Which syndromes and genetic disorders are associated with primary lymphedema?

Updated: Mar 24, 2021
  • Author: Robert A Schwartz, MD, MPH; Chief Editor: William D James, MD  more...
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Answer

Moreover, it is more common is for primary lymphedema to be associated with other anomalies and genetic disorders, including the following:

  • Yellow nail syndrome

  • Turner syndrome

  • Noonan syndrome

  • Xanthomatosis [50]

  • Hemangiomas

  • Neurofibromatosis type 1

  • Klinefelter syndrome

  • Congenital absence of nails

  • Trisomy 21

  • Trisomy 13

  • Trisomy 18

  • Distichiasis lymphedema syndrome [51, 52]

The last item above, distichiasis lymphedema syndrome, is a rare inherited disorder characterized by the presence of extra eyelashes (distichiasis) and swelling of the arms and legs (lymphedema). Swelling of the legs, especially below the knees, and eye irritation are common in people with this disorder. Spinal cysts (epidural), with or without other abnormalities of the spinal column, can accompany distichiasis lymphedema. This syndrome is inherited as an autosomal dominant genetic trait due to a mutation of the FOX2 gene. [22]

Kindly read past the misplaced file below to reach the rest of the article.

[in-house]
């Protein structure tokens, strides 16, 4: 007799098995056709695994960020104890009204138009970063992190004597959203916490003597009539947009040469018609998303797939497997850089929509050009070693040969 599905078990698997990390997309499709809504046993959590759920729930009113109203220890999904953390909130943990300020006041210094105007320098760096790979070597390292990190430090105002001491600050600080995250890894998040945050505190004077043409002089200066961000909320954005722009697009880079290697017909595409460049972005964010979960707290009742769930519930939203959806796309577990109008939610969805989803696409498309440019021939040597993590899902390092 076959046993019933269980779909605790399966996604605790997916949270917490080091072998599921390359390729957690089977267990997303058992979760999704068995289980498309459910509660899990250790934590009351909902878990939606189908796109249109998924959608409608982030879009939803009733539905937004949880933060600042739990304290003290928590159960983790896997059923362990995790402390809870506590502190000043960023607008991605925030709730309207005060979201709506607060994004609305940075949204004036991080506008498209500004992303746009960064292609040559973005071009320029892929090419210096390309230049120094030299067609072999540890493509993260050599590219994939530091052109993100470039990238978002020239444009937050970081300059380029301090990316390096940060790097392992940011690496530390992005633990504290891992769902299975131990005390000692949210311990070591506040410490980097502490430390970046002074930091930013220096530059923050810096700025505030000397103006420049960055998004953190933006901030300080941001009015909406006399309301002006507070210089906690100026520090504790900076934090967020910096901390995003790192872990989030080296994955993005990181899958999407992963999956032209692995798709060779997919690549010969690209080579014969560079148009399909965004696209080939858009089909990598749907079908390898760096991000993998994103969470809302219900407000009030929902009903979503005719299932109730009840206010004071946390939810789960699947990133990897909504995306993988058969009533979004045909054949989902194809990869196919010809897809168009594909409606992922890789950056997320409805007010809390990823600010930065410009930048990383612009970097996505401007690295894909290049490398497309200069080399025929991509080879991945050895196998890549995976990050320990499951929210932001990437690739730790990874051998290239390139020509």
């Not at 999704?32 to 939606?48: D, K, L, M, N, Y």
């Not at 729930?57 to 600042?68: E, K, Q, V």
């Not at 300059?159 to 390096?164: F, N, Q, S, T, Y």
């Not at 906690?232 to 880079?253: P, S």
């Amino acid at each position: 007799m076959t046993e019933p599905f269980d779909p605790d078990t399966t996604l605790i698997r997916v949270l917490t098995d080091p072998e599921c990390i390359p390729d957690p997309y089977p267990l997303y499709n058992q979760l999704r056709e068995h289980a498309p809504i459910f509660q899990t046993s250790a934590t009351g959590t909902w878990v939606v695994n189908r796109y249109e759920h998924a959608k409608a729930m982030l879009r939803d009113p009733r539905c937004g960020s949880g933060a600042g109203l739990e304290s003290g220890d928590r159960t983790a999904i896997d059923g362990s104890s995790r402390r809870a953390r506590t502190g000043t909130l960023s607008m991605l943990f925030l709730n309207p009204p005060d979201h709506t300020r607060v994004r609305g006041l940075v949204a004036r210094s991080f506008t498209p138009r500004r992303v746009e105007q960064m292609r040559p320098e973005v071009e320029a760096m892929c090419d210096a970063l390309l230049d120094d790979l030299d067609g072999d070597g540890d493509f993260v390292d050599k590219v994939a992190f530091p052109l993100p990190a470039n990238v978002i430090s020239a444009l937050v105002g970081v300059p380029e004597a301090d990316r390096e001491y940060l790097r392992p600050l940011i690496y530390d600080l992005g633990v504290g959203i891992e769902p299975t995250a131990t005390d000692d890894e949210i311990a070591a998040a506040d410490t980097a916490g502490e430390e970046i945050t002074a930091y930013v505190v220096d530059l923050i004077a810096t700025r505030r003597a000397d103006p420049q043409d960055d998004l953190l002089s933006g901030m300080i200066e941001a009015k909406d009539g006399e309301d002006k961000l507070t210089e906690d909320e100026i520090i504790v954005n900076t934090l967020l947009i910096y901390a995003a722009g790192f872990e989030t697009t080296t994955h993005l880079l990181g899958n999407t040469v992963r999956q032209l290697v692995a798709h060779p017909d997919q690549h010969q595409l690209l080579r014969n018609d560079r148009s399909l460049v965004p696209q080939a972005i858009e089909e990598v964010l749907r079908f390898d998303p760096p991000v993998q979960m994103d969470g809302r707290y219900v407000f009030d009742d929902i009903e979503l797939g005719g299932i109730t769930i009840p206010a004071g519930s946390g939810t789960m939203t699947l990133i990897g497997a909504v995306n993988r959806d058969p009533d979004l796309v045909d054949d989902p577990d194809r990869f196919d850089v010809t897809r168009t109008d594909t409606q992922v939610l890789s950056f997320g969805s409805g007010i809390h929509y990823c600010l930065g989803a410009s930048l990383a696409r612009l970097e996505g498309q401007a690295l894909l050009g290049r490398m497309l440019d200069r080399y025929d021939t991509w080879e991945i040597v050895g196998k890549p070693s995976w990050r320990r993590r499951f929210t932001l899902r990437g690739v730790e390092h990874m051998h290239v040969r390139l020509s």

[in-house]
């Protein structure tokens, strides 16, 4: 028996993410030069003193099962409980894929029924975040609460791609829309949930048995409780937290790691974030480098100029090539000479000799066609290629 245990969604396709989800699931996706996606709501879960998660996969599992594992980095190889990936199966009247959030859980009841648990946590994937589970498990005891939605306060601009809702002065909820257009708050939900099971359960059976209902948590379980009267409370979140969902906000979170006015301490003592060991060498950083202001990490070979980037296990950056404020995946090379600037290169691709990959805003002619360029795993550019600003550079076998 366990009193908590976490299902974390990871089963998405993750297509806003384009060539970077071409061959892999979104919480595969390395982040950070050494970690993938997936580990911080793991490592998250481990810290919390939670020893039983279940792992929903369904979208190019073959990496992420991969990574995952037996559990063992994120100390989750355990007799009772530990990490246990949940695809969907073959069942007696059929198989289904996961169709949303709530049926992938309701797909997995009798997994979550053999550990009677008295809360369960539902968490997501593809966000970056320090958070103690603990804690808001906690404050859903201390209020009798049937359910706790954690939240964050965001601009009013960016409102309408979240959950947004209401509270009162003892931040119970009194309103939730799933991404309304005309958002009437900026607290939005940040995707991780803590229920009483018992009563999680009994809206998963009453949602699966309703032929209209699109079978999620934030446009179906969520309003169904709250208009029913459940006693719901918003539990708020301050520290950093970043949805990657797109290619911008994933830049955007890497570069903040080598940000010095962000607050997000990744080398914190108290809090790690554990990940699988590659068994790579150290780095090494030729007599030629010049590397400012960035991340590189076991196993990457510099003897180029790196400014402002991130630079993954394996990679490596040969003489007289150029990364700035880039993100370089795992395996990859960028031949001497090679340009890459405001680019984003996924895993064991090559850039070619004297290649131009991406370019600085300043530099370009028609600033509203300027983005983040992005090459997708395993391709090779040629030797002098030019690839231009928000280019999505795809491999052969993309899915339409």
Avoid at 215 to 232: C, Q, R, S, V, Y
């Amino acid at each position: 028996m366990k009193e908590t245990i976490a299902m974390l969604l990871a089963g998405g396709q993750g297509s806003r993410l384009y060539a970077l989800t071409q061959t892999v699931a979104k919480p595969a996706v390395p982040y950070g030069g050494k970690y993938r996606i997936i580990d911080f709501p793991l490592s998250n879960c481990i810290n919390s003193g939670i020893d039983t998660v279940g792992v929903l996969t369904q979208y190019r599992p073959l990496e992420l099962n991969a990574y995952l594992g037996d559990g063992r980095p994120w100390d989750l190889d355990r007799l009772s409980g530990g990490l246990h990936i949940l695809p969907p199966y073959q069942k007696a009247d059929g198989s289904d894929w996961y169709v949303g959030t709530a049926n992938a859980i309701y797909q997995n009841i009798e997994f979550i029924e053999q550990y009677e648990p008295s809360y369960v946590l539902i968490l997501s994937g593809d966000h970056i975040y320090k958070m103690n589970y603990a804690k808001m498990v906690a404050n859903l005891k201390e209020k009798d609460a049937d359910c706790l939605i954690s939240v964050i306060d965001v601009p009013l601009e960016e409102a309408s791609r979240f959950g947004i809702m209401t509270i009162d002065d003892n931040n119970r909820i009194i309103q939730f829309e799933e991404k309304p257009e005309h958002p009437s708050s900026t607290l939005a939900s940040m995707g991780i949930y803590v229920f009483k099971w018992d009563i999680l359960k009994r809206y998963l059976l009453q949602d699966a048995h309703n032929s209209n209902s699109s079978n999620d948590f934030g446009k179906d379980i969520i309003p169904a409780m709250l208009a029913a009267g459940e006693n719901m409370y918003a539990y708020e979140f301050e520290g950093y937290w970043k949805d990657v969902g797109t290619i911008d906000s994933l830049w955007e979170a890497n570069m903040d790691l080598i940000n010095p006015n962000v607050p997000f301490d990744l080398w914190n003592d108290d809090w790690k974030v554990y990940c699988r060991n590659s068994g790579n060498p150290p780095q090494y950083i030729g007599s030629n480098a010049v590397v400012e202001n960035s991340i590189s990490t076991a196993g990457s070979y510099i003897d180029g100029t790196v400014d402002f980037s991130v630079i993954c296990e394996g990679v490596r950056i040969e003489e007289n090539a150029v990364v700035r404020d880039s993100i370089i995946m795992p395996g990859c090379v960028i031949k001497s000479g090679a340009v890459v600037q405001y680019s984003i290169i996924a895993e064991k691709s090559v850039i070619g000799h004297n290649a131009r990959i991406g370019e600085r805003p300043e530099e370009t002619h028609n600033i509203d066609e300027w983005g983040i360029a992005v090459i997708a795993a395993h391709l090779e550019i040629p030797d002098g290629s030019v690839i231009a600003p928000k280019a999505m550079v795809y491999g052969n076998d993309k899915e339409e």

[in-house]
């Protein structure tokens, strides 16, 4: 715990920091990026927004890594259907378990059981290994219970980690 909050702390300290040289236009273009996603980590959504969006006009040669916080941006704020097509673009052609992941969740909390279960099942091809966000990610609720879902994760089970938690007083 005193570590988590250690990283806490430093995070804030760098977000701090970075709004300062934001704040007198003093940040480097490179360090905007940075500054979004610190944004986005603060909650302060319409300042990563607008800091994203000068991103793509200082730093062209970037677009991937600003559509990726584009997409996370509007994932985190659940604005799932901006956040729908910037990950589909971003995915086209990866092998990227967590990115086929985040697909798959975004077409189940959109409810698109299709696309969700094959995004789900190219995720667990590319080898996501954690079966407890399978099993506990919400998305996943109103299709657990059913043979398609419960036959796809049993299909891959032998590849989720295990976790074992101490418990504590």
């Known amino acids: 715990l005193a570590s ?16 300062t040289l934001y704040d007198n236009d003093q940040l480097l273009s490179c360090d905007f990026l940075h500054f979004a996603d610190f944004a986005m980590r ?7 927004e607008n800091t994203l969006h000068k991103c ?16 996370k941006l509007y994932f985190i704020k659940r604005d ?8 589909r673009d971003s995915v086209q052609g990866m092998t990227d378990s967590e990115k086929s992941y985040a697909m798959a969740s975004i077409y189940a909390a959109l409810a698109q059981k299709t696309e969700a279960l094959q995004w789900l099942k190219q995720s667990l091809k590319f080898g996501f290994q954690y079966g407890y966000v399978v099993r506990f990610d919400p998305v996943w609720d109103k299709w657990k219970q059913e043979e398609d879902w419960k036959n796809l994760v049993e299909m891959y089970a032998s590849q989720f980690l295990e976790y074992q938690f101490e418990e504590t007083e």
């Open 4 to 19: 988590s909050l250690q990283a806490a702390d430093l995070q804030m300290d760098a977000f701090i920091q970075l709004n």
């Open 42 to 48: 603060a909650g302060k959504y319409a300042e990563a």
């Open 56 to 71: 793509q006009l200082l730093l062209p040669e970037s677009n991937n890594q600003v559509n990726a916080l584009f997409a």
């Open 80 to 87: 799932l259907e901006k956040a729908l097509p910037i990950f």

In congenital lymphedema, usually several other family members have a history of the disease.


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